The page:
In an exemplary embodiment of mirror assembly 100, as shown in FIG. 6D, a color filter 104 d can be employed in the opening 106 a formed in the appliqué 104. In particular, inkjet layers employed as appliqués 104 may also contain various colors so that black may be used in the majority of the area, but specific colors may be used in the icon areas (e.g., opening 106 a). For example, if white light LEDs, serving as assembly component 142, are used to illuminate more than one icon, the icon area of opening 106 a may contain a printed color filter 104 d.

In some embodiments of mirror assembly 100 shown in FIG. 6D, it is preferable to employ the printed color filter 104 d in the opening 106 a and over a portion of the inkjet layer as appliqué 104 in proximity to the opening 106 a. In some cases, it is advantageous to lower the transmission of one icon area in comparison to another. Adding a gray semitransparent ink (or CMY gray) as color filter 104 d to the icon area of opening 106 a may provide the desired transmission. Tinting the icon area and, particularly, the openings 106 a, also provides a stealthier, less visible icon when viewed through the mirror assembly 100.

According to additional exemplary embodiments of mirror assembly 100, the color filter 104 d can be adhered to the fourth surface 124 of the substrate 120 within the opening 106 a, and a portion of the inkjet layer (appliqué 104) in proximity to the opening 106 a. Here, the portion of the color filter 104 d in proximity to the opening 106 a is defined by a substantially annular region for a circular-shaped opening 106 a that extends at least 0.2 mm past the opening. Similarly, the portion of the color filter 104 d that extends past a noncircular-shaped opening 106 a will be substantially shaped to match the shape of the opening 106 a.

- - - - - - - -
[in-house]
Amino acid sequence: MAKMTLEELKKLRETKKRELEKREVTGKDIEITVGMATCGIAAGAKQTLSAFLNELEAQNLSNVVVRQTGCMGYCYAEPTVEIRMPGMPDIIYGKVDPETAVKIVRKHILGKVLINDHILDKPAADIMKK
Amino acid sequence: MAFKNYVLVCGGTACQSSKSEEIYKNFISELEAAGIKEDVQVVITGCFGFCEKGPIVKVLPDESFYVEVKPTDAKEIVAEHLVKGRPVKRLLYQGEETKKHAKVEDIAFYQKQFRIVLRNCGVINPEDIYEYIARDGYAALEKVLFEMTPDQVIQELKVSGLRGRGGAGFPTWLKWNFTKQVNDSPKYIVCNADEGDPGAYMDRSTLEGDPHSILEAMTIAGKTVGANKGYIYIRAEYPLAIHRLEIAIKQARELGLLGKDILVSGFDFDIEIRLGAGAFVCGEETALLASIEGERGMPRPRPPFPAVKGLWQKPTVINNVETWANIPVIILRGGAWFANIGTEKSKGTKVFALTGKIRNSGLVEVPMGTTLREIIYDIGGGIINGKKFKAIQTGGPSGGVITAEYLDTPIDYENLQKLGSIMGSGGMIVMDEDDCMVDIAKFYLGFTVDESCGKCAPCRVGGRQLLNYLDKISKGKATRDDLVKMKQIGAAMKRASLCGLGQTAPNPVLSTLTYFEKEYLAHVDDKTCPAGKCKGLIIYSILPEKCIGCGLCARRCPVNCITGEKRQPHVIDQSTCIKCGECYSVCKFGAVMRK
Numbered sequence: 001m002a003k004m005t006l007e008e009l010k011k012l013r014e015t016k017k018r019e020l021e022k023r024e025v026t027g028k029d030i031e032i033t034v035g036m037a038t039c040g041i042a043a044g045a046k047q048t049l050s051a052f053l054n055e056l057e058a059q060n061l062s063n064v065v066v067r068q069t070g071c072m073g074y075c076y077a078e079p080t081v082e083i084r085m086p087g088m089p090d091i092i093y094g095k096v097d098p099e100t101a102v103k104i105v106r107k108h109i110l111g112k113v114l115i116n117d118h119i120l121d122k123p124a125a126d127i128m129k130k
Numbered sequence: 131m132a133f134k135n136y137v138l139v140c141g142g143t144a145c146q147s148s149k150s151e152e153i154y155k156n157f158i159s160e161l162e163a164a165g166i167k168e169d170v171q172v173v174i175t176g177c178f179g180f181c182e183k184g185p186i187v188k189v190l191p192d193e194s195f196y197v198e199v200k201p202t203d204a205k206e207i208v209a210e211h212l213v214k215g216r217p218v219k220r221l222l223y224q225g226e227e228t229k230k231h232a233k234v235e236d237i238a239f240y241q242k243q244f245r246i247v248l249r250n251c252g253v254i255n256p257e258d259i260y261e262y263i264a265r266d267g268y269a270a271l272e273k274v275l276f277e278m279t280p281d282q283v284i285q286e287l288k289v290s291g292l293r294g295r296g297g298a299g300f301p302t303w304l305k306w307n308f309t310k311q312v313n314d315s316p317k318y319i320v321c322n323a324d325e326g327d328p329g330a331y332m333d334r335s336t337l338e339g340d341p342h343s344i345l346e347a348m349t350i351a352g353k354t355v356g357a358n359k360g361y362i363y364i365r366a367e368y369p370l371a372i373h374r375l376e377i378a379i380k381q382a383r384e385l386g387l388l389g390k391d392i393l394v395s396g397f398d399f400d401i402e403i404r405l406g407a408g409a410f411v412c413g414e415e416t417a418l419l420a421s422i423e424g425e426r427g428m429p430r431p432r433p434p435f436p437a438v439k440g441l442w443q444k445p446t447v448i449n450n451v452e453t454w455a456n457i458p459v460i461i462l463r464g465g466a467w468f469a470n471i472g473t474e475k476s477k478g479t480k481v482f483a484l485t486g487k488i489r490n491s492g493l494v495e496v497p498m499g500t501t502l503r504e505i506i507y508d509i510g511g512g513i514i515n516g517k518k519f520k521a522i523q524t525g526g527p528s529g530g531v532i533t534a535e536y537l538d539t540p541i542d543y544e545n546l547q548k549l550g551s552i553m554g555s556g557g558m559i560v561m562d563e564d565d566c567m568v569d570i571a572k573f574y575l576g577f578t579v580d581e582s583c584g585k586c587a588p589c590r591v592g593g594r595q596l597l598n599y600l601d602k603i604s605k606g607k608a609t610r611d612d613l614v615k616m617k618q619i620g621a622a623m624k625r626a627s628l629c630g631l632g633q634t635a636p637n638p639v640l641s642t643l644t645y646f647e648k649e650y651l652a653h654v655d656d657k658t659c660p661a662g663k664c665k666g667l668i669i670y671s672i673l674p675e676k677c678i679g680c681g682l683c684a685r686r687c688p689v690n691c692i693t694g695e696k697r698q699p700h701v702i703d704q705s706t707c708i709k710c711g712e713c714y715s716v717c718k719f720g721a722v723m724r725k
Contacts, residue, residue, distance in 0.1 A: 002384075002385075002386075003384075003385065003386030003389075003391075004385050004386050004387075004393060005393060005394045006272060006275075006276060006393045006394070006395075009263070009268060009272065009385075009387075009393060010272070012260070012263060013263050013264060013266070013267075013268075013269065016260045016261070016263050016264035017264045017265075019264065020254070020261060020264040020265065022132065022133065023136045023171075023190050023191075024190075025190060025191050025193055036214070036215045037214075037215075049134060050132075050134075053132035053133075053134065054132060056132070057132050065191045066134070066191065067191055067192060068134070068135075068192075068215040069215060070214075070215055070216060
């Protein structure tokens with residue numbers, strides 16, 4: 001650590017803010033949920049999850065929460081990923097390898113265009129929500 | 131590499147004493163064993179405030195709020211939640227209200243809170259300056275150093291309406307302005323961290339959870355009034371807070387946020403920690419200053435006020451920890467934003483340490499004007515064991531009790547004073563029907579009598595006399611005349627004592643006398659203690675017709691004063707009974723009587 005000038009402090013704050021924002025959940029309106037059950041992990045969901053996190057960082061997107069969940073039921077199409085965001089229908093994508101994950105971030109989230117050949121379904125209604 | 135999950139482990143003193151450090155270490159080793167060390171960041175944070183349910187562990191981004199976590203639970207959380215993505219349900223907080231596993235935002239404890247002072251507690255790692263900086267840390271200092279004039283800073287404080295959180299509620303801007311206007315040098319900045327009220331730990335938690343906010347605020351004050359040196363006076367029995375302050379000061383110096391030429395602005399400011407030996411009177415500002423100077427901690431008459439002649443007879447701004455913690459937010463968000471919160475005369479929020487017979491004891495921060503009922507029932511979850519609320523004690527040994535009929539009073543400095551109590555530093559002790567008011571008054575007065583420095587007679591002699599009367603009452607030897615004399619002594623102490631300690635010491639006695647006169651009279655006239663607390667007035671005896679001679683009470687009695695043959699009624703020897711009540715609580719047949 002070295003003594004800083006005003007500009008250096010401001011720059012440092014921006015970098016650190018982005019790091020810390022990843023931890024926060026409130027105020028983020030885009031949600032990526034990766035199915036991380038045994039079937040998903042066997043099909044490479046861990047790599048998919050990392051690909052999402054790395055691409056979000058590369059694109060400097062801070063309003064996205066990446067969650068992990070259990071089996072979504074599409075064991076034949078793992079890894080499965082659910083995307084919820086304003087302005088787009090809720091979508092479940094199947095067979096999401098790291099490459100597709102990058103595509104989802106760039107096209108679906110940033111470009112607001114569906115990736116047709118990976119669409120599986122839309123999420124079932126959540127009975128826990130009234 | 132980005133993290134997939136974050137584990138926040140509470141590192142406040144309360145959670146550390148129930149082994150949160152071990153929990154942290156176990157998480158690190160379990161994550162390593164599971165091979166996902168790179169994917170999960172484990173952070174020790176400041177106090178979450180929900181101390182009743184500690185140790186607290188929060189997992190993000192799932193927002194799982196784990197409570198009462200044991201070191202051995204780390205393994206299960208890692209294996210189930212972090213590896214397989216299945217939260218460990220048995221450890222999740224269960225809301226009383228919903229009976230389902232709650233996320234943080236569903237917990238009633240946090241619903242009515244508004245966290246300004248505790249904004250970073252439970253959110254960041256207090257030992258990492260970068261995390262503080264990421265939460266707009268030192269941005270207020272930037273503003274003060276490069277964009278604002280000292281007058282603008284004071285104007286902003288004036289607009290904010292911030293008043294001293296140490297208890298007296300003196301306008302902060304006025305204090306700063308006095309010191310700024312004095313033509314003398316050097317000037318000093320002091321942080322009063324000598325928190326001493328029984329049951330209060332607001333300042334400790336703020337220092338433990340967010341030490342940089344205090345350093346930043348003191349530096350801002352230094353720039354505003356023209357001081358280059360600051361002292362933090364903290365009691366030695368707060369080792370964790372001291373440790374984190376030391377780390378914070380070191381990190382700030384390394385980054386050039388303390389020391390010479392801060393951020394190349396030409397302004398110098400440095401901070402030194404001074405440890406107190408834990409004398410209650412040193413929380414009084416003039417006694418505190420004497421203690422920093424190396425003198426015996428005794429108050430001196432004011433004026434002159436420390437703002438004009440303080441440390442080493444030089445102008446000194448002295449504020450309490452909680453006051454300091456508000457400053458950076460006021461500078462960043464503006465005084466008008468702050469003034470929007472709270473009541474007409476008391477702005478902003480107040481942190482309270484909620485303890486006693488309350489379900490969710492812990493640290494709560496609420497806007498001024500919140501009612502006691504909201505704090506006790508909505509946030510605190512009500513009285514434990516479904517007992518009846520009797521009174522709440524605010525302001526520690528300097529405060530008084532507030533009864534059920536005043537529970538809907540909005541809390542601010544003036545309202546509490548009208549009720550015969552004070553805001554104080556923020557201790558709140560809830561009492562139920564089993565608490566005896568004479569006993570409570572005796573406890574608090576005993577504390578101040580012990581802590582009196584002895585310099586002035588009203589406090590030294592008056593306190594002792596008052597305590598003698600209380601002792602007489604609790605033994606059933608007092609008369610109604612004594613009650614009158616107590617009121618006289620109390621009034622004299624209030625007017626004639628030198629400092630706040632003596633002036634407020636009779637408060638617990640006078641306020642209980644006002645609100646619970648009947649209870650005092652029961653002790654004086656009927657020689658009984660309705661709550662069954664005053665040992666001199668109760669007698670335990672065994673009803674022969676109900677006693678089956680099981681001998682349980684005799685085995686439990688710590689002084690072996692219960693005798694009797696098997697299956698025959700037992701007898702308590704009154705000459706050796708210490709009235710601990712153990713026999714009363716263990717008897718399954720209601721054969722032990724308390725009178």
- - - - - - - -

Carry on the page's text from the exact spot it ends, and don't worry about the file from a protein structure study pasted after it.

One advantage of the mirror assembly 100 embodiments depicted in FIGS. 6A-6D is that they can be employed individually or in combination to control the light output of multiple assembly components 142, particularly LED light sources, within the icon area of a mirror element 108 containing one or more openings 106 a. For example, some icons, indicators, or the like of a given mirror assembly 100 may require a brighter LED source for use in connection with a “warning” icon, and other icons in the same mirror assembly 100 may require a lower light output level. By using a semitransparent layer 104 b (see FIG. 6B and corresponding description) and/or a color filter 104 d (see FIG. 6D and corresponding description) in one or more openings 106 a, the overall light output and/or color associated with these openings and particular assembly components 142 (e.g., LED light sources) can be adjusted. In doing so, it is possible to tailor the light output of one or more openings 106 a to create different light output levels and/or accommodate one or more LED light sources with the same or varying output levels. Further, it is possible to employ teachings associated with the exemplary embodiments depicted in FIGS. 6A-6D (e.g., color filters, semitransparent layers, light diffusing layers, and/or opacity gradient layers) within the same opening 106 a or multiple openings 106 a in a given mirror assembly 100, depending on the application. For example, a color filter 104 d and a light diffusing material 104 a could conceivably be employed within the same opening 106 a to create a single icon with varying light output effects.